Tallinn is the capital of Estonia and a European Capital of Culture for 2011. As the second stop on my big adventure, it brought me one step closer to Russia but was also a delight to experience in its own right (when I wasn’t busy getting lost). It was easy to choose my five favorite things in the city.
From my experience, open air museums can often seem a bit cheesy and less than authentic. Usually, they consist of a handful of buildings which were either moved from their original locations or reconstructed as replicas of such original buildings. The Estonian Open Air Museum, though, located on the outskirts of Tallinn, just had a different feel to it. It is set up as a small village, with 12 farms spread across the grounds and a school, church and tavern.
I stumbled upon an Estonian folk dancing demonstration the day I visited, which I believe takes place at 11:00 a.m. every Saturday and Sunday during the summer season. If you can time your visit to see this, I highly recommend it. Lasting nearly an hour, the demonstration featured a variety of dances involving children, adults and even spectators.
2. The tower of St. Olaf’s Church
The church itself is not really much to see, but the tower is pretty incredible. As is the norm when climbing up church towers, you ascend up a spiral stone stairwell until reaching a wooden platform and final ascent of steep wooden steps (so narrow that I had to walk sideways). Upon reaching the top, you step out onto the narrowest viewing platform I have ever seen.
I initially thought we could only enjoy the view from one side because it did not look as though there was room to turn the corner around the top of the tower. I soon realized I was wrong as I saw a woman ahead of me duck around the corner to my right. I proceeded to follow her, stepping carefully over wooden planks with gaps that threatened to swallow one of my shows if I wasn’t careful. From that tower ledge, I was able to enjoy sweeping views of all sides of the city, as well as get a bit of an adrenaline rush from the sheer height of the tower, which at one time was the highest church tower in Europe.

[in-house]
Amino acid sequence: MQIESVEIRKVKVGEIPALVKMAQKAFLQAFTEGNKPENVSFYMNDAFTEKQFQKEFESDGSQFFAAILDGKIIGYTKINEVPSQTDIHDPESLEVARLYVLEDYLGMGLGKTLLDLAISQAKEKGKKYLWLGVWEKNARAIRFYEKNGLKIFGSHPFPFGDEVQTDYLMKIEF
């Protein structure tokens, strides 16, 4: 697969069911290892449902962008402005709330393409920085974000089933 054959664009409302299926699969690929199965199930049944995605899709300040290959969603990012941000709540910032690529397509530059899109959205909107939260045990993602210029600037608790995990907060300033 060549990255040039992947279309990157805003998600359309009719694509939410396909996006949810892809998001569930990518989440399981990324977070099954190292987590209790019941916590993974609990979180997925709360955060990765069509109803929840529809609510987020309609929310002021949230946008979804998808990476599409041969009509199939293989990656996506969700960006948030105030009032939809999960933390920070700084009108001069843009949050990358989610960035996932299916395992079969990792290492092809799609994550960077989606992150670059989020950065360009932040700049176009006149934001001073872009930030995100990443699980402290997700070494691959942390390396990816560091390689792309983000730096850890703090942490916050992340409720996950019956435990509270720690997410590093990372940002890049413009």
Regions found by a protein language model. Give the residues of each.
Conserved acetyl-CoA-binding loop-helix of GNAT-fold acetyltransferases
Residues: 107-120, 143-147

It isn’t a huge museum or a particularly attractive museum, but it is superbly interesting in terms of the perspective it gives on Estonia’s history of being occupied from 1940 to 1991, first by the Soviet Union, then by Nazi Germany and then by the Soviet Union again. If you have the time to watch them all, the museum runs multiple videos covering various stages of the occupations.
4. Pirita Convent
This isn’t in Tallinn itself, but rather the suburb of Pirita. The convent dates back to the early 15th century and was destroyed by the Russian army on 1575, leaving just its shell remaining. It leaves a rather eerie feeling and walking through the ruins reminded me a bit of exploring the ruins of Pompeii, but on a much smaller scale. Pirita is an easy bus ride from the center of Tallinn, but it is also a relaxing walk, almost entirely along the waterfront – if you have about an hour to kill.
5. Old Town
I suppose it is a bit cliché or typical to list the entire Old Town area, but it really is what makes Tallinn tick. Step outside of the town walls and you might as well be in any other city in any other country; nothing stands out. But inside the walls, the city feels alive and welcoming. Outdoor restaurants and cafes line the cobblestone streets and buildings date back hundreds of years. Although your drink or meal will undoubtedly be overpriced, it is worth it to at least once just sit and soak it all in.
Have you been to Tallinn? What did you enjoy the most?